Neuralstem Obtains UCSD Stem Cell Delivery System for use in Spinal Cord Trials
News Nov 21, 2007
Stem cell company, Neuralstem, Inc. has announced that it has exclusively licensed the "Spinal Multisegmental Cell and Drug Delivery System," invented by Dr. Martin Marsala at the University of California, San Diego (UCSD).
The exclusive, worldwide license to Neuralstem covers all fields of use and includes the right to grant sublicenses. Under the terms of the agreement, UCSD will be eligible for milestone payments and royalties and Neuralstem will assume the cost of development, manufacture and approval of the product.
"Neuralstem is actively pursuing human clinical trials for its human spinal cord stem cells to treat Ischemic Paraplegia, ALS and Traumatic Spinal Cord Injury," said Neuralstem CEO Richard Garr.
"All three indications require delivering our cells directly into the spinal cord. We believe that Dr. Marsala's injection device will allow for a minimally invasive injection of the cells into the spinal cord, thus significantly reducing the risk of the surgery to any patients receiving cell or drug therapy administered directly into the spinal cord."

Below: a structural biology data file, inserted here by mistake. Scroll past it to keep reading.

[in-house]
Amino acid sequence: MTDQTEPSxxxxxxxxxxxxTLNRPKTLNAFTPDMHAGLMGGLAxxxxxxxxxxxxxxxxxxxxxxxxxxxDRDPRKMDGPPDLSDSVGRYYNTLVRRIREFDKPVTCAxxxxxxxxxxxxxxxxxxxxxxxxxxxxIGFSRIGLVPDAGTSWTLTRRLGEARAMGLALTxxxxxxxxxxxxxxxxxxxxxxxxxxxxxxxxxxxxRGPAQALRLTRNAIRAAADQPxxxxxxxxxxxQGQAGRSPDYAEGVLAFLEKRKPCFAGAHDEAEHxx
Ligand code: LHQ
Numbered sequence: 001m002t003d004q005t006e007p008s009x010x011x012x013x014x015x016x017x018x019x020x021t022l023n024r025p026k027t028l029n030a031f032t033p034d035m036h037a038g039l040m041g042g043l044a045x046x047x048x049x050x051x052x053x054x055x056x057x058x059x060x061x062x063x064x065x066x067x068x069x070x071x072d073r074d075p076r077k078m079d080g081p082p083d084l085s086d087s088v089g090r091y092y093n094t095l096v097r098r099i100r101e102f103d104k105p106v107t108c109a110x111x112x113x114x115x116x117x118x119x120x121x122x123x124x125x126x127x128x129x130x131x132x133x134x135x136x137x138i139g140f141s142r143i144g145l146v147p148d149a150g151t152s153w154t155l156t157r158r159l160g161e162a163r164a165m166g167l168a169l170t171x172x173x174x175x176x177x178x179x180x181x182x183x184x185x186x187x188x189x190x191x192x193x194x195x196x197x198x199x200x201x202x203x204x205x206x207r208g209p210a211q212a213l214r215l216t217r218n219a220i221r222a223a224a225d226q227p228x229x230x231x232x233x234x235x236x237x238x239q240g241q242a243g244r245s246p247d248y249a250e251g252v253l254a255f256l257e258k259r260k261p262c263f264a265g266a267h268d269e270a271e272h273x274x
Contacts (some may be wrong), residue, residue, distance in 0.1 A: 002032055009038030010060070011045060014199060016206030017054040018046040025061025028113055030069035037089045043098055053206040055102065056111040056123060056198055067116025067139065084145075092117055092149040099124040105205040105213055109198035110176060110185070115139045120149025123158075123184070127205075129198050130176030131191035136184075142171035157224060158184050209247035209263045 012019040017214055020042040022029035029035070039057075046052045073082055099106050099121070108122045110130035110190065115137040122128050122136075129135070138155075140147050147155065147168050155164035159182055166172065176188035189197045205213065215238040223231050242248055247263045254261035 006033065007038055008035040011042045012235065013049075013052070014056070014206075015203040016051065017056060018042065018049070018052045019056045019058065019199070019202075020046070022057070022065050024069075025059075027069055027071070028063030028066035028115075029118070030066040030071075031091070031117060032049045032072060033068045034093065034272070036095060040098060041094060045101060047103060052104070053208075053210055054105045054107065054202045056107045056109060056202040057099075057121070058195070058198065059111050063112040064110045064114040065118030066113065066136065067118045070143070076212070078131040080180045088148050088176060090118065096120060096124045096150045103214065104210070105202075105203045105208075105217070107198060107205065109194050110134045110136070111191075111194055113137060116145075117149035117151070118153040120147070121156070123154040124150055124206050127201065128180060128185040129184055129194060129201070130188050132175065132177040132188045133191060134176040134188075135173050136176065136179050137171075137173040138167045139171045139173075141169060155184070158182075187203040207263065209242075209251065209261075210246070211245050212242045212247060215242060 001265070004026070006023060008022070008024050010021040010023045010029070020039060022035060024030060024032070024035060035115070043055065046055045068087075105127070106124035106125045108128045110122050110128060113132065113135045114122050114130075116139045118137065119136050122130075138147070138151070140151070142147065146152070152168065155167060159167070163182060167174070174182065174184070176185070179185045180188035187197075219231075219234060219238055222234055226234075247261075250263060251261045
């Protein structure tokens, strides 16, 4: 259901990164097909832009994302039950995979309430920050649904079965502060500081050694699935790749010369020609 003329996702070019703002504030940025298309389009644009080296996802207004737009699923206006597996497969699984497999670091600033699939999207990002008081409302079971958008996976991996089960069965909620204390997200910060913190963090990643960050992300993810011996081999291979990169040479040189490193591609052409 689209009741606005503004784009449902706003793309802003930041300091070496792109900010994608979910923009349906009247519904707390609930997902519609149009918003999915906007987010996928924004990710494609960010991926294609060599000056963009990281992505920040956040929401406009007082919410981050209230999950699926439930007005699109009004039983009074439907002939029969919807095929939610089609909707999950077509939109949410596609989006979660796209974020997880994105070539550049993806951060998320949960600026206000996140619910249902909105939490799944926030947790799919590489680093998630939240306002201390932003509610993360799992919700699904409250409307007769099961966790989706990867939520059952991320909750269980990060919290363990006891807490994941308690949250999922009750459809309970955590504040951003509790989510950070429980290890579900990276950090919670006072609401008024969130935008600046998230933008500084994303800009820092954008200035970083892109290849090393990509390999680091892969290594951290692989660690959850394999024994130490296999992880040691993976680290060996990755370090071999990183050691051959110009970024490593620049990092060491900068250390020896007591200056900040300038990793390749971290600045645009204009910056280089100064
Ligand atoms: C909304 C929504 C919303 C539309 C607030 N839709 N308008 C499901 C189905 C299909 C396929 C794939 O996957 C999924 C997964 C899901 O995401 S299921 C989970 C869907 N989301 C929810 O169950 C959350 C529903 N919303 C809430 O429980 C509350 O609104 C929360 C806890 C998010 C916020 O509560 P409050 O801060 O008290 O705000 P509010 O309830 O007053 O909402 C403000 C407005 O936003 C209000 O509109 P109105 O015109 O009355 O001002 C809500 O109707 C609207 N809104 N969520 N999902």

The device provides a unique method for delivering cells horizontally along the length of the spinal cord," said Dr. Marsala, "which will reduce the number of entry sites needed for therapeutic intervention. We believe that this will greatly enhance the likelihood of success for treating many indications."
Dr. Marsala went on to say, "Neuralstem has not only shown a strong commitment to moving their spinal cord stem cells into the clinic, but to creating a therapy that can be broadly and safely delivered. We are excited to have them as our exclusive licensee for this important technology."
First Rhinoceros Embryos Generated in the LabNews
Hybrid embryos from Southern White Rhino (SWR) eggs and Northern White Rhino (NWR) sperm have been produced for the first time by adapting assisted reproduction techniques (ART) used in horses. It is hoped that the technology could be used to help efforts to save NWRs from extinction by rescuing NWR genes.READ MORE